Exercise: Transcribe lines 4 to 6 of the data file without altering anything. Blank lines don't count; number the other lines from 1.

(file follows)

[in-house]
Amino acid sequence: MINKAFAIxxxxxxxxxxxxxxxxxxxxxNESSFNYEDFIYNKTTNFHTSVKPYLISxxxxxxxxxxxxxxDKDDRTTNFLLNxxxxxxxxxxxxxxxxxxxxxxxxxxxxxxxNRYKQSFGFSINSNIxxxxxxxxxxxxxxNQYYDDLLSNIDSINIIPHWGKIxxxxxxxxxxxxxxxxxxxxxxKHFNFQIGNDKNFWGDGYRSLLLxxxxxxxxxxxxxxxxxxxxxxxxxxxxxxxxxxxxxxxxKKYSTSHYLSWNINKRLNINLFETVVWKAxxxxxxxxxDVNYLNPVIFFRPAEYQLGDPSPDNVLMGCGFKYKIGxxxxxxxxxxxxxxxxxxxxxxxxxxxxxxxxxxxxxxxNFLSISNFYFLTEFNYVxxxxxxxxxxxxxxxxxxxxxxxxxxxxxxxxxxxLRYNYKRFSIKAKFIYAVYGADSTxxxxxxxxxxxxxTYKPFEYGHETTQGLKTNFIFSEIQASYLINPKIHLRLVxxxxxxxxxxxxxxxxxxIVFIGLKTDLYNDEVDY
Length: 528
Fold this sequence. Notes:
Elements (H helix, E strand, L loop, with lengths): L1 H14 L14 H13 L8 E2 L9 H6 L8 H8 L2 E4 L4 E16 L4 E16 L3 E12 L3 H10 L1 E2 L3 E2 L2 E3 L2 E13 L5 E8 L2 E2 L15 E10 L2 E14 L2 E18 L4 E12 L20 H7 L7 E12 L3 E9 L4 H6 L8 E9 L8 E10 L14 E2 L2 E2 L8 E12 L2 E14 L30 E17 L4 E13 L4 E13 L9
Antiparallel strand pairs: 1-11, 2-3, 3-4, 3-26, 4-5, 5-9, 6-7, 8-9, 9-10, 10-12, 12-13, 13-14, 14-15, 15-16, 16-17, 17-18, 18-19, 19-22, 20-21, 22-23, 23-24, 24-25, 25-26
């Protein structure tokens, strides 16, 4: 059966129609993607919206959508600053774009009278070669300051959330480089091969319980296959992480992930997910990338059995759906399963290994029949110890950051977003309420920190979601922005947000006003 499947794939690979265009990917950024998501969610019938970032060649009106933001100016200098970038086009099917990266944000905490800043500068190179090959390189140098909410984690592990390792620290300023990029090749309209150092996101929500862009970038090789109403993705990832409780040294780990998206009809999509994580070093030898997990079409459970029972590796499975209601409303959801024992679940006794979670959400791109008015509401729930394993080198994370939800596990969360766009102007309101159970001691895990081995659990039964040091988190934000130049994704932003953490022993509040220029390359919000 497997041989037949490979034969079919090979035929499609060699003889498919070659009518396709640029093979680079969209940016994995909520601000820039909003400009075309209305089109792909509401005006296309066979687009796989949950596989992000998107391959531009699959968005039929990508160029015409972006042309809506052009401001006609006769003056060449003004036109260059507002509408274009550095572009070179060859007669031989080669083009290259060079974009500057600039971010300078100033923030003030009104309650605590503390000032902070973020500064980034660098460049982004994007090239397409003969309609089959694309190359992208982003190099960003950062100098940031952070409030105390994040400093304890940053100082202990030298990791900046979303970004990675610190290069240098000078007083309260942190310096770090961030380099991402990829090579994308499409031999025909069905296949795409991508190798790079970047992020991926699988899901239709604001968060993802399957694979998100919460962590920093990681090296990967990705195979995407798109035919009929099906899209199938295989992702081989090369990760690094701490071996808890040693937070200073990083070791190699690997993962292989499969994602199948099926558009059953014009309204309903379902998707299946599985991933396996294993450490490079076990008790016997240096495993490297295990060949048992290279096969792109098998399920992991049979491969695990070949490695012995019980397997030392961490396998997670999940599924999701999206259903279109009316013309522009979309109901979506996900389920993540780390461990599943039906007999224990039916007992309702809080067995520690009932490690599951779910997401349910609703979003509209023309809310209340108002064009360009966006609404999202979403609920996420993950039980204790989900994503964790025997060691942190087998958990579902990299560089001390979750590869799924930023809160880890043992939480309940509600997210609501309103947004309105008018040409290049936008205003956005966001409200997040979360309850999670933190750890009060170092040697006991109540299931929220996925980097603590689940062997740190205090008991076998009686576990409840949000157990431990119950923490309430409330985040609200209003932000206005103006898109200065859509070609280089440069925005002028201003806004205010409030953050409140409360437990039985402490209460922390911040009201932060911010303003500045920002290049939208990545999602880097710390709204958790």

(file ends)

Fold this sequence. Notes:
Elements (H helix, E strand, L loop, with lengths): L1 H14 L14 H13 L8 E2 L9 H6 L8 H8 L2 E4 L4 E16 L4 E16 L3 E12 L3 H10 L1 E2 L3 E2 L2 E3 L2 E13 L5 E8 L2 E2 L15 E10 L2 E14 L2 E18 L4 E12 L20 H7 L7 E12 L3 E9 L4 H6 L8 E9 L8 E10 L14 E2 L2 E2 L8 E12 L2 E14 L30 E17 L4 E13 L4 E13 L9
Antiparallel strand pairs: 1-11, 2-3, 3-4, 3-26, 4-5, 5-9, 6-7, 8-9, 9-10, 10-12, 12-13, 13-14, 14-15, 15-16, 16-17, 17-18, 18-19, 19-22, 20-21, 22-23, 23-24, 24-25, 25-26